By Thuy Sindell
When we talk about leadership development, we often focus on the skills and qualities that have to do with leading others. But this ignores a major aspect of being a great leader: Being able to lead yourself.
In fact, out of the 28 leadership competencies that are essential to leadership success, seven are related to being a self-leader. Most leaders, however, ignore these skills, making them less balanced and effective.
By understanding what these skills are and how they impact leading others, people can become better, more well-rounded leaders. Here’s a deeper dive into three of the most important of these seven competencies for leaders to improve right away:
1. Emotional balance
Many people believe that a leader has to be stoic and hide their emotions. This is not true. In fact, our research has found that both men and women believe the feminine expression of emotional control—acknowledgement of emotions and allowing proper levels to come through—is a more effective way to lead.
So now, the question then becomes: What is a proper level of emotion?
Of course, weeping when you’re overwhelmed or screaming when you’re upset is too much. But it is important for employees to see that you’re human. This way, when they’re having a hard time or celebrating a success they’ll know you can empathize with them.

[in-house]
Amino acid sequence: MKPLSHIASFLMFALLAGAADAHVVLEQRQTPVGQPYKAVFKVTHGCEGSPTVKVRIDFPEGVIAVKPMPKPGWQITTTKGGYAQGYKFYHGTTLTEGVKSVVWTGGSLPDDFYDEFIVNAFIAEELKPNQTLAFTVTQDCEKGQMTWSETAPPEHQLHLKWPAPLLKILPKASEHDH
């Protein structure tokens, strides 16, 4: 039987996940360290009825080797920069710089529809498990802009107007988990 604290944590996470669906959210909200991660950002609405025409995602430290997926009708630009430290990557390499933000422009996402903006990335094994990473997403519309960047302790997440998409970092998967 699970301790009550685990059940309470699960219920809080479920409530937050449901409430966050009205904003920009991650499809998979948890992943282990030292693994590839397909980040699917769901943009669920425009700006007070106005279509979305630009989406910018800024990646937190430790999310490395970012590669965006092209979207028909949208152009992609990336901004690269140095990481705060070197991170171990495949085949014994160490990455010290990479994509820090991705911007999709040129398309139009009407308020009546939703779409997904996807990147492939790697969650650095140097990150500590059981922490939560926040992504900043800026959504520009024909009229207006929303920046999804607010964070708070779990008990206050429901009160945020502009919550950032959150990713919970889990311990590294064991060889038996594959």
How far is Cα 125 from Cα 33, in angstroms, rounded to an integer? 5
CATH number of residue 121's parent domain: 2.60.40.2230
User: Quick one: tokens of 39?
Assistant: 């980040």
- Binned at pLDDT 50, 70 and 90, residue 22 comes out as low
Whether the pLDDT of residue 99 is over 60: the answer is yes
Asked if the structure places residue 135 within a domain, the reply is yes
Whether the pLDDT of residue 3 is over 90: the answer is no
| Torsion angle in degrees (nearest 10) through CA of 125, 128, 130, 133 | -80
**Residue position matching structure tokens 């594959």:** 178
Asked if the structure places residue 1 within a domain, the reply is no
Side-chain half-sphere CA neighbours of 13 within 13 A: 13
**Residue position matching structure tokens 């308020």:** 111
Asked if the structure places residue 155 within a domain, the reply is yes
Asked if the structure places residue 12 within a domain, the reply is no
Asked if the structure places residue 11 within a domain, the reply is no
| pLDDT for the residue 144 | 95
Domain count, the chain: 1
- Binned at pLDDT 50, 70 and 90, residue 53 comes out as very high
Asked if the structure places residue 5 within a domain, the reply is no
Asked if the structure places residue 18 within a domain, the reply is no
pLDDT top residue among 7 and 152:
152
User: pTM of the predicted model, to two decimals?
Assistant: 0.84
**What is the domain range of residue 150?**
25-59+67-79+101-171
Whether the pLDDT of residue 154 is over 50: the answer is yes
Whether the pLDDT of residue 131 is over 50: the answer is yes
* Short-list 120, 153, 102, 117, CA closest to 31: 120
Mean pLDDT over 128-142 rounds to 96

One of the best ways to effectively express your emotions is to pay attention to the words you use and their connotations. For example, instead of saying: “That’s a good idea,” say: “This idea excites me.” This signals to employees that you don’t just like their suggestion, but are emotionally invested in it.
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Integrity is essential for a leader. Employees want to know when they’re put in a difficult situation, their leader will make a fair and ethical decision. In fact, a 2016 Robert Half survey found that integrity was the most important leadership quality. Seventy-five percent of employees ranked it as the most important attribute for a leader to have.
But integrity can mean different things to different people. Our research found that most people say being fair and concerned with doing the right thing is their preferred definition. As a leader, one of the best ways you can do this is by putting your people first.
Revisit your company’s core values and think about how they positively impact the lives of employees. Then, when you’re faced with a tough decision, reflect on which of your options best aligns with those values. Also, be sure that all employees know and understand these core beliefs. This way, when they see how you acted, they can appreciate and understand how it was in everyone’s best interests.
This might be the hardest skill to hone. Being self-confident doesn’t come easily to everyone. There’s a thin line between seeming self-assured and coming off as a show-off.